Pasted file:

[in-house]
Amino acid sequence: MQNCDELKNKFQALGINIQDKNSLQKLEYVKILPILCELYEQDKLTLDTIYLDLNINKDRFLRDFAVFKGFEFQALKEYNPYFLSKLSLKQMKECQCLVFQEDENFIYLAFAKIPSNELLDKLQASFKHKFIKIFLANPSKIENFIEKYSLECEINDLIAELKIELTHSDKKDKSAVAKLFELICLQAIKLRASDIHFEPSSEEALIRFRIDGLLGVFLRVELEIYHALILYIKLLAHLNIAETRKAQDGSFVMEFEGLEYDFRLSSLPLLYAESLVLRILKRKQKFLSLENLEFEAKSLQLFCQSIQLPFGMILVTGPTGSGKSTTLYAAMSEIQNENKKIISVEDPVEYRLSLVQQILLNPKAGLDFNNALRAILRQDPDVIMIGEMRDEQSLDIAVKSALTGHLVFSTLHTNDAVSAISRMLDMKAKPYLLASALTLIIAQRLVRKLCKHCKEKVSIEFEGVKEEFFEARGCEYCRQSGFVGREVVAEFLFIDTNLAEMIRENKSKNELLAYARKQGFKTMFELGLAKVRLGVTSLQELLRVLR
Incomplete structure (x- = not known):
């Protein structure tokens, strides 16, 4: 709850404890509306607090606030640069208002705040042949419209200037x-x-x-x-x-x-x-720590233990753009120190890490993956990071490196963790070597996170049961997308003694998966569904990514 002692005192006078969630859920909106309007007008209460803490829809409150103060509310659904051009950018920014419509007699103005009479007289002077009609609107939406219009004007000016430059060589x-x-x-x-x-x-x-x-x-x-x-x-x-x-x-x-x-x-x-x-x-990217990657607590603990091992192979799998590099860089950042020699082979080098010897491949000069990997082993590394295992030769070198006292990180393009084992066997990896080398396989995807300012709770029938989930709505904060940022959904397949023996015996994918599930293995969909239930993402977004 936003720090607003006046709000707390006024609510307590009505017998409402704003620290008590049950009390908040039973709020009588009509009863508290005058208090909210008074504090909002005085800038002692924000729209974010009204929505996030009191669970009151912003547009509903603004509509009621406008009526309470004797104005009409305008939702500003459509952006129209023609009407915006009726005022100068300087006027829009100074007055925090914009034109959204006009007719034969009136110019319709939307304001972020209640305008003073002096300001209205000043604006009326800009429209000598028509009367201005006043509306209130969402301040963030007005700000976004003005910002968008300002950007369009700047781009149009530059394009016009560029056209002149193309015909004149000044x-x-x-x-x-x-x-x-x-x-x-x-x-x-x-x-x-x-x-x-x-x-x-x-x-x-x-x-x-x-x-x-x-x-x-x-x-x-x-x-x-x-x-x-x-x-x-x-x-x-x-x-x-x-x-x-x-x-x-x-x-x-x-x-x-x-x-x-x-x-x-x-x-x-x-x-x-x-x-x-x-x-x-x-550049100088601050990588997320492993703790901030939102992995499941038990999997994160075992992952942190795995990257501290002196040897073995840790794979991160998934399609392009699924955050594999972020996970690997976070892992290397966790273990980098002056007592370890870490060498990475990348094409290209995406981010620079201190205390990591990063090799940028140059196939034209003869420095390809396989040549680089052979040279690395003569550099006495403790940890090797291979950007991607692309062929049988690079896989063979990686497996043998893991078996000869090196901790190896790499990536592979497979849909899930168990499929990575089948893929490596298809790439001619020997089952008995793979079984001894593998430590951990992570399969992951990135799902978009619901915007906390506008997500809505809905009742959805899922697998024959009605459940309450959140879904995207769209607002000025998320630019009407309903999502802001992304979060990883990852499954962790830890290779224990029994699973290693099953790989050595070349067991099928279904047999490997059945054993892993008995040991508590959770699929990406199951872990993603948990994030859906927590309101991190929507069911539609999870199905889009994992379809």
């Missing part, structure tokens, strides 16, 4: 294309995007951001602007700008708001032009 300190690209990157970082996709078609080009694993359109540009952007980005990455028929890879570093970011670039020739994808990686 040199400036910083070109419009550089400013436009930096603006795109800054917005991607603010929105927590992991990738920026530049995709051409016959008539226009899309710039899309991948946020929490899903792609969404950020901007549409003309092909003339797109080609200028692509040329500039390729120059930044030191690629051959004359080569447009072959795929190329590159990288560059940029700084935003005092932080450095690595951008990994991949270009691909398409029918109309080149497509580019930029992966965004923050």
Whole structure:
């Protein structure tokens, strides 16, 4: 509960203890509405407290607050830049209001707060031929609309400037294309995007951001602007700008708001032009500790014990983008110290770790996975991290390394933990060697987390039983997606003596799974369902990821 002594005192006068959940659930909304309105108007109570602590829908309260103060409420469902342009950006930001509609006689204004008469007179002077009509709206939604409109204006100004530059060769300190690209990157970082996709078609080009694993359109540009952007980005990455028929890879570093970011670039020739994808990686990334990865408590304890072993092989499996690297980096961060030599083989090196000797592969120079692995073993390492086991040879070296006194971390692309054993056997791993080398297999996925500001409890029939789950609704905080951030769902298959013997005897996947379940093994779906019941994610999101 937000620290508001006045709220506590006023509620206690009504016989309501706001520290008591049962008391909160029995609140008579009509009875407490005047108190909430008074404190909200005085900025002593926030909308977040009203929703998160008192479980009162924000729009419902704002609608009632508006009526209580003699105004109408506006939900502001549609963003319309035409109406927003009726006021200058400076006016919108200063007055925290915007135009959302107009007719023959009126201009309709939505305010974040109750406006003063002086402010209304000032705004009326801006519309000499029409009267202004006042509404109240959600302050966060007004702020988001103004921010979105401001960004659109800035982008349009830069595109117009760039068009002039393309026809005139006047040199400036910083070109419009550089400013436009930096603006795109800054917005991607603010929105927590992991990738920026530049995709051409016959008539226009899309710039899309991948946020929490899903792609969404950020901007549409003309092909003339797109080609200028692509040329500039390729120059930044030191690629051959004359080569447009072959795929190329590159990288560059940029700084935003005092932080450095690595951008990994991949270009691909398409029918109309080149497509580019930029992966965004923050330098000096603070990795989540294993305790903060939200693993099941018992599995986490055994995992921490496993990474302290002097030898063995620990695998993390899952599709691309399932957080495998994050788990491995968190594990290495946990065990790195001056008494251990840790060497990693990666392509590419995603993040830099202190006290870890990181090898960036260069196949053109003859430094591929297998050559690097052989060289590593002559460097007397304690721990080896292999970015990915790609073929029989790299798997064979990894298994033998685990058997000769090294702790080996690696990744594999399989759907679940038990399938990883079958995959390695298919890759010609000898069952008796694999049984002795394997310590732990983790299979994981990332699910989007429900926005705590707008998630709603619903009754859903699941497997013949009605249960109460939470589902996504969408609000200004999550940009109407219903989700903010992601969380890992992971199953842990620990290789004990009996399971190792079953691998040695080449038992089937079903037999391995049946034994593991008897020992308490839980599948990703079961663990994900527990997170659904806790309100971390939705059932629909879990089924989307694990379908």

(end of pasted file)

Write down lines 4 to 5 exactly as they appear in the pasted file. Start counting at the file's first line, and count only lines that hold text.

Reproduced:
């Protein structure tokens, strides 16, 4: 709850404890509306607090606030640069208002705040042949419209200037x-x-x-x-x-x-x-720590233990753009120190890490993956990071490196963790070597996170049961997308003694998966569904990514 002692005192006078969630859920909106309007007008209460803490829809409150103060509310659904051009950018920014419509007699103005009479007289002077009609609107939406219009004007000016430059060589x-x-x-x-x-x-x-x-x-x-x-x-x-x-x-x-x-x-x-x-x-990217990657607590603990091992192979799998590099860089950042020699082979080098010897491949000069990997082993590394295992030769070198006292990180393009084992066997990896080398396989995807300012709770029938989930709505904060940022959904397949023996015996994918599930293995969909239930993402977004 936003720090607003006046709000707390006024609510307590009505017998409402704003620290008590049950009390908040039973709020009588009509009863508290005058208090909210008074504090909002005085800038002692924000729209974010009204929505996030009191669970009151912003547009509903603004509509009621406008009526309470004797104005009409305008939702500003459509952006129209023609009407915006009726005022100068300087006027829009100074007055925090914009034109959204006009007719034969009136110019319709939307304001972020209640305008003073002096300001209205000043604006009326800009429209000598028509009367201005006043509306209130969402301040963030007005700000976004003005910002968008300002950007369009700047781009149009530059394009016009560029056209002149193309015909004149000044x-x-x-x-x-x-x-x-x-x-x-x-x-x-x-x-x-x-x-x-x-x-x-x-x-x-x-x-x-x-x-x-x-x-x-x-x-x-x-x-x-x-x-x-x-x-x-x-x-x-x-x-x-x-x-x-x-x-x-x-x-x-x-x-x-x-x-x-x-x-x-x-x-x-x-x-x-x-x-x-x-x-x-x-550049100088601050990588997320492993703790901030939102992995499941038990999997994160075992992952942190795995990257501290002196040897073995840790794979991160998934399609392009699924955050594999972020996970690997976070892992290397966790273990980098002056007592370890870490060498990475990348094409290209995406981010620079201190205390990591990063090799940028140059196939034209003869420095390809396989040549680089052979040279690395003569550099006495403790940890090797291979950007991607692309062929049988690079896989063979990686497996043998893991078996000869090196901790190896790499990536592979497979849909899930168990499929990575089948893929490596298809790439001619020997089952008995793979079984001894593998430590951990992570399969992951990135799902978009619901915007906390506008997500809505809905009742959805899922697998024959009605459940309450959140879904995207769209607002000025998320630019009407309903999502802001992304979060990883990852499954962790830890290779224990029994699973290693099953790989050595070349067991099928279904047999490997059945054993892993008995040991508590959770699929990406199951872990993603948990994030859906927590309101991190929507069911539609999870199905889009994992379809």
């Missing part, structure tokens, strides 16, 4: 294309995007951001602007700008708001032009 300190690209990157970082996709078609080009694993359109540009952007980005990455028929890879570093970011670039020739994808990686 040199400036910083070109419009550089400013436009930096603006795109800054917005991607603010929105927590992991990738920026530049995709051409016959008539226009899309710039899309991948946020929490899903792609969404950020901007549409003309092909003339797109080609200028692509040329500039390729120059930044030191690629051959004359080569447009072959795929190329590159990288560059940029700084935003005092932080450095690595951008990994991949270009691909398409029918109309080149497509580019930029992966965004923050």